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Love that lasts

LV07The Lost Valentine, a sweet little tearjerker of a film, airs this Sunday night on CBS at 9 p.m. Eastern/8 p.m. Central, as a Hallmark Hall of Fame presentation. I had a chance to view it ahead of time. The film tells two stories: that of an elderly woman, Caroline Thomas (Betty White), whose husband went missing in World War II, and that of the young reporter, Susan Allison (Jennifer Love Hewitt), interviewing her for a human interest story.

Susan's part of the movie turns into pretty much your standard cutesy love triangle; the outcome of that is so obvious that they should have put the loser in a red shirt, a la Star Trek. But the meat of the story is Caroline's lasting love for her missing husband. Every year on Valentine's Day, their anniversary, she goes to the train station where she saw him off to war, waiting for him just as she had promised she would. When Susan first gets wind of her story, Caroline has been doing this for sixty-five years.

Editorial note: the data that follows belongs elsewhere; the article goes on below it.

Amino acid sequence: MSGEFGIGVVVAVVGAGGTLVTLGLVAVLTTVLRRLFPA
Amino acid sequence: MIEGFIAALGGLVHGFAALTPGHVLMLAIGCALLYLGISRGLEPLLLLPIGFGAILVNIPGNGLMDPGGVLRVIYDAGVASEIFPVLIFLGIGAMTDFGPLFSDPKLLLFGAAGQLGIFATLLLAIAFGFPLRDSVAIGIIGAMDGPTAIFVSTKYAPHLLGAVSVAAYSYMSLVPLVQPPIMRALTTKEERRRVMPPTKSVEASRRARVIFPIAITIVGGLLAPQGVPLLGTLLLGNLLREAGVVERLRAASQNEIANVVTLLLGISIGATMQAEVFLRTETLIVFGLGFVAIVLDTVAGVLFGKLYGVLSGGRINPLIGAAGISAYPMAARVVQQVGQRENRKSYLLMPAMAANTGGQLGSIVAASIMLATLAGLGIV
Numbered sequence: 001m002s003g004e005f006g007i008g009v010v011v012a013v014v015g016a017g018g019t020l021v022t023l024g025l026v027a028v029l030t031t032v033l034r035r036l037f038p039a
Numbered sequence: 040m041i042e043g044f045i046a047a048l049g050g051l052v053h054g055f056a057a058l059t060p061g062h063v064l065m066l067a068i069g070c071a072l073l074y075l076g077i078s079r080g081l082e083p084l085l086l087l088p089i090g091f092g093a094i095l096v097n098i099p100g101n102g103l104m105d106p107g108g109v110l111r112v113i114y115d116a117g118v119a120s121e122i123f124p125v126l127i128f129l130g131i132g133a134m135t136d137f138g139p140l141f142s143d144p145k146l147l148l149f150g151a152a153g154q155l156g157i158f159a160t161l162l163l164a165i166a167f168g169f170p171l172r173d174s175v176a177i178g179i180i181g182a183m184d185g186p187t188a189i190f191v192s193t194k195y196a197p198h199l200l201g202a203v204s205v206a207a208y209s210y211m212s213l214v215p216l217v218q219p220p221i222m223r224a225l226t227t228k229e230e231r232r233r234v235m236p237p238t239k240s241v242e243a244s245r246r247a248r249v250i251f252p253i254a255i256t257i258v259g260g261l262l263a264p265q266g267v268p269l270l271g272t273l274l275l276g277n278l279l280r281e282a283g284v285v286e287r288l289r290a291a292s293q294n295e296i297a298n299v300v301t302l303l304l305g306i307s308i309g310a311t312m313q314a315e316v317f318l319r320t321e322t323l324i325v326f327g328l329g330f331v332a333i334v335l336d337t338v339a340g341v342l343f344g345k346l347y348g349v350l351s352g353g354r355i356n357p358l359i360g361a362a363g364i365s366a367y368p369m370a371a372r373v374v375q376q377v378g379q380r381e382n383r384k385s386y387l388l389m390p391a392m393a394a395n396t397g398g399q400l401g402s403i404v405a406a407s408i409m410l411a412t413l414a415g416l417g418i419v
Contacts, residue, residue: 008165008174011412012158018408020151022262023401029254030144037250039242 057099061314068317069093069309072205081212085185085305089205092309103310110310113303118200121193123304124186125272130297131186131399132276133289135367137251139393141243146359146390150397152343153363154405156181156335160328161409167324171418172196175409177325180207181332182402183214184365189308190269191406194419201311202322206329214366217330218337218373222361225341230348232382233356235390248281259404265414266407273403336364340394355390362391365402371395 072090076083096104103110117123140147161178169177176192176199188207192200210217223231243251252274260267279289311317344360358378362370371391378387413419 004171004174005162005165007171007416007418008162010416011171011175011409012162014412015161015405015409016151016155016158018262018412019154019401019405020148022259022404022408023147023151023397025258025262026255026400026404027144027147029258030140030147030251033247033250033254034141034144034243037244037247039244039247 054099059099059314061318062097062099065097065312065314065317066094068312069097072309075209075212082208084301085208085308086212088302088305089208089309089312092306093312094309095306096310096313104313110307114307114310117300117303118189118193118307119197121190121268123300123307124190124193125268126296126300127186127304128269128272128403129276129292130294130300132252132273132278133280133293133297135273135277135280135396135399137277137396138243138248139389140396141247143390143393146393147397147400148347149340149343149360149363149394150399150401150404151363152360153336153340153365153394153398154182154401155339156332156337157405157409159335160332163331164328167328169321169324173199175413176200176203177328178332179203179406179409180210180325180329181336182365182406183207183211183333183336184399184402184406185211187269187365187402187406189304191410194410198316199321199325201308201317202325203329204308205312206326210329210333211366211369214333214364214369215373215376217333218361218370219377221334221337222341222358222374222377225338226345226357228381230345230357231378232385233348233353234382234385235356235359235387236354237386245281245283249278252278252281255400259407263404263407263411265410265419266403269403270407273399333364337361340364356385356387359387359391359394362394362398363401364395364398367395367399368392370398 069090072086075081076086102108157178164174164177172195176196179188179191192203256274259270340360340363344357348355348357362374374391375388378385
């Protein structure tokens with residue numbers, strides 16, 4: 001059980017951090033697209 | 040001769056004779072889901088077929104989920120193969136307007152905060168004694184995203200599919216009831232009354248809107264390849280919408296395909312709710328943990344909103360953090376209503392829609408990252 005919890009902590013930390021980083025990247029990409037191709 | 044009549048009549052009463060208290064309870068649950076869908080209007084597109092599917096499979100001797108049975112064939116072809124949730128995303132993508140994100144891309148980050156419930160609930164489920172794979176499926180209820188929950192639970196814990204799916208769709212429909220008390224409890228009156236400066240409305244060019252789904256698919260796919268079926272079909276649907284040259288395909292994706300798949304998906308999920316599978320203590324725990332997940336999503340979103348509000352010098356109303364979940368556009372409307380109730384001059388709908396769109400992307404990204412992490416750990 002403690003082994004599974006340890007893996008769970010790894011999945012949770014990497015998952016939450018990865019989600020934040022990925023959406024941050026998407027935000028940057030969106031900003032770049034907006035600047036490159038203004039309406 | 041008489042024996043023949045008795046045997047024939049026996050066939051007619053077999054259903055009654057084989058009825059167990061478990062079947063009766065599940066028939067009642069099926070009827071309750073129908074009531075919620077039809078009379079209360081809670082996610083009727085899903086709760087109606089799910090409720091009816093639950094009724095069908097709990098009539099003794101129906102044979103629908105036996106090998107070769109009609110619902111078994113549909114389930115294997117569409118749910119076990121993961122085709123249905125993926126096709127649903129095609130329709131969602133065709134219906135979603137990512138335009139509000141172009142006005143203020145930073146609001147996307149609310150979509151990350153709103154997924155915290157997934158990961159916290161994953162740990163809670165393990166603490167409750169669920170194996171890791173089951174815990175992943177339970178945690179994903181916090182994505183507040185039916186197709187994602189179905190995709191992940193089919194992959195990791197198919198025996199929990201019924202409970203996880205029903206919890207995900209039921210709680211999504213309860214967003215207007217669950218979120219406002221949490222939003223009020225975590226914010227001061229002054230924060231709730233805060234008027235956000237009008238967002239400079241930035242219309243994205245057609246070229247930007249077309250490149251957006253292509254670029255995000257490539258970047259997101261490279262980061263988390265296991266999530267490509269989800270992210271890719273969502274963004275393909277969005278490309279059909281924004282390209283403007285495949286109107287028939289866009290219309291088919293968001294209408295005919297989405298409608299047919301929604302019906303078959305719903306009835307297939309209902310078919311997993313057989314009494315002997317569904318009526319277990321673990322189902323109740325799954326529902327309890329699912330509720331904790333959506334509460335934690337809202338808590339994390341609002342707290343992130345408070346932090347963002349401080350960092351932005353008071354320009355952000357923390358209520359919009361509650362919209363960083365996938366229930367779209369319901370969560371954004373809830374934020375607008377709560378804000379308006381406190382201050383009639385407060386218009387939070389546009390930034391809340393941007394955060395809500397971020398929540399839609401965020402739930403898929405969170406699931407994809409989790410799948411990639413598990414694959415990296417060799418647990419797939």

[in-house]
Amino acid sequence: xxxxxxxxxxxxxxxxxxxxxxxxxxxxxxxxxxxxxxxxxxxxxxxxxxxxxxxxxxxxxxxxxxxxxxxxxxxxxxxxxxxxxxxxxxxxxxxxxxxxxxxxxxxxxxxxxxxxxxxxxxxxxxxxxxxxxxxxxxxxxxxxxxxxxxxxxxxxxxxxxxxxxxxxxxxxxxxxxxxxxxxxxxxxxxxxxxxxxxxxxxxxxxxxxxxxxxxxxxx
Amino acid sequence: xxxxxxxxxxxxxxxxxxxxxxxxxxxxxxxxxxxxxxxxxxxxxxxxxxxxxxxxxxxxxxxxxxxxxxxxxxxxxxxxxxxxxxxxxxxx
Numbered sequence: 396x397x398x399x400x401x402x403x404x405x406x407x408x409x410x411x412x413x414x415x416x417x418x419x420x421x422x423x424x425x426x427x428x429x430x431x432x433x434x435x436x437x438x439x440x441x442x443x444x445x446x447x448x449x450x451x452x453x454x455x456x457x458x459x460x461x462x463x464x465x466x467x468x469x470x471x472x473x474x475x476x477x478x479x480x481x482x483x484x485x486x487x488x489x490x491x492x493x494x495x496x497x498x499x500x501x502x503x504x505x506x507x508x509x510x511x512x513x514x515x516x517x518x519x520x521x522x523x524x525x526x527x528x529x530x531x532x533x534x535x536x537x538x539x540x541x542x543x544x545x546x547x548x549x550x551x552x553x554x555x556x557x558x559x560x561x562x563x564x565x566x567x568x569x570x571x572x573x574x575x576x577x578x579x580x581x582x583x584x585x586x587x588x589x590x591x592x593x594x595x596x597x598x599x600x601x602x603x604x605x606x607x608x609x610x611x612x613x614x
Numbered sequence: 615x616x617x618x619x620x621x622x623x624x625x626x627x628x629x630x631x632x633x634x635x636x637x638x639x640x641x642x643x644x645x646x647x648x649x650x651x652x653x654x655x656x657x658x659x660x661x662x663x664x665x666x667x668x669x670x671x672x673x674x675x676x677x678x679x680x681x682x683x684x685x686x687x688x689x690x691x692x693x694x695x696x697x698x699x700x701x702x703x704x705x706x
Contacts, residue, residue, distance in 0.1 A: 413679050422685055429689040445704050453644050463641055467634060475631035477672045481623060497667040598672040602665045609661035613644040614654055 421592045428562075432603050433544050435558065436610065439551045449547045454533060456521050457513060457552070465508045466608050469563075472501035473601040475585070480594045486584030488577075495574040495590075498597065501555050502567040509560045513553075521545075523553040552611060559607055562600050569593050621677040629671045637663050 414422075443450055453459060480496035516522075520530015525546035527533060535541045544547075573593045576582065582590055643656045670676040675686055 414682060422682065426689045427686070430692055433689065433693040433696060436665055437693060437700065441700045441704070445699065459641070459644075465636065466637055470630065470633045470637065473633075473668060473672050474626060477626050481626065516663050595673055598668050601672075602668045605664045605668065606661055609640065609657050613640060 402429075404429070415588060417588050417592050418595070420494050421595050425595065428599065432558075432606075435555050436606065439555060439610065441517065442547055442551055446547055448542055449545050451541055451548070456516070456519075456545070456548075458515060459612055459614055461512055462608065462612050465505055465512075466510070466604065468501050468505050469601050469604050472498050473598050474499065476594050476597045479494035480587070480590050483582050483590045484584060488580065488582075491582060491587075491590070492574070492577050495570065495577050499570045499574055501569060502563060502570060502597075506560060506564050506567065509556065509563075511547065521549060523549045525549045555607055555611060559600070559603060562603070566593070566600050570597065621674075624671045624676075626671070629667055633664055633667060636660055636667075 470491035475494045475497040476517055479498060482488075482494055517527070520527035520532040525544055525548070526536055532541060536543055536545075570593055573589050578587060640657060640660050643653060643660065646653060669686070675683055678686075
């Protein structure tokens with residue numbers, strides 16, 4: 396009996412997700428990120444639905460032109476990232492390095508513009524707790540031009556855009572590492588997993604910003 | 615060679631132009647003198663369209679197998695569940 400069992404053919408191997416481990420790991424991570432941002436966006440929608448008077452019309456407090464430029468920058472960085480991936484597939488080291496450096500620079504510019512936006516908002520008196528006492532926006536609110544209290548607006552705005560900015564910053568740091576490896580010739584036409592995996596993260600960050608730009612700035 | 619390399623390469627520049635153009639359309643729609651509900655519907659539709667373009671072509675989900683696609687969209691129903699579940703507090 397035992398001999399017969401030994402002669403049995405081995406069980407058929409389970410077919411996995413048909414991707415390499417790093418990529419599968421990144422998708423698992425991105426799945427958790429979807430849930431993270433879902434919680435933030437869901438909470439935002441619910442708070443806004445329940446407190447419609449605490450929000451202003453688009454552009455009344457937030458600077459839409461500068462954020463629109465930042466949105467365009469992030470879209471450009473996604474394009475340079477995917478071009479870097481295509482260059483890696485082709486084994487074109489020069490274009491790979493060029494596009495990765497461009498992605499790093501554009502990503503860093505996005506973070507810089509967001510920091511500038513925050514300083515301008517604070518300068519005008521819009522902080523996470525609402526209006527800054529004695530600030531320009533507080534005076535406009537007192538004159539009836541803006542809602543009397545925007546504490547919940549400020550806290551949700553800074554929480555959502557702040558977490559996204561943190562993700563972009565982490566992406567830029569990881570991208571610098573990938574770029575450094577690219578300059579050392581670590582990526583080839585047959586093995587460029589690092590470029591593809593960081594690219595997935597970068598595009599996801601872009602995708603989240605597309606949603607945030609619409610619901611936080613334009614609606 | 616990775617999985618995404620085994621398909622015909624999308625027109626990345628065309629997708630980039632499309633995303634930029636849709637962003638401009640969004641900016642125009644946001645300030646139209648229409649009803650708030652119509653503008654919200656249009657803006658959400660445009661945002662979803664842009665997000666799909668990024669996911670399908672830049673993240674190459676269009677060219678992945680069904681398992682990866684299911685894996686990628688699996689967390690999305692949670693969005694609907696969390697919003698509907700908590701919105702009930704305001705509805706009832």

As she tells her grandson, Caroline doesn't believe in giving up on things.

Virtues like courage, faithfulness, and service to others, the values by which Caroline lives her life, are refreshingly honored here. The film is at its best in the flashbacks to the war years, a time when those virtues seem to have been a little more common. (Plus, those scenes have an amazing big band soundtrack.) One character in the modern part of the story scoffs a bit at the idea of a woman's life revolving around a train station ritual, but she's quickly corrected, for that ritual is only a part of Caroline's busy life helping others, especially wounded veterans. She lives out the faith that she and her husband have believed in.

Having a particular distaste for the kind of TV and movie storylines where people are madly in love one day and over each other the next, I was touched by The Lost Valentine's central concept of love that lasts for a lifetime, and I recommend the film for family viewing. Just keep the Kleenex box handy.

Thanks to Hallmark Hall of Fame and Paulist Productions for the review copy.

(Image copyright Erik Heinila)

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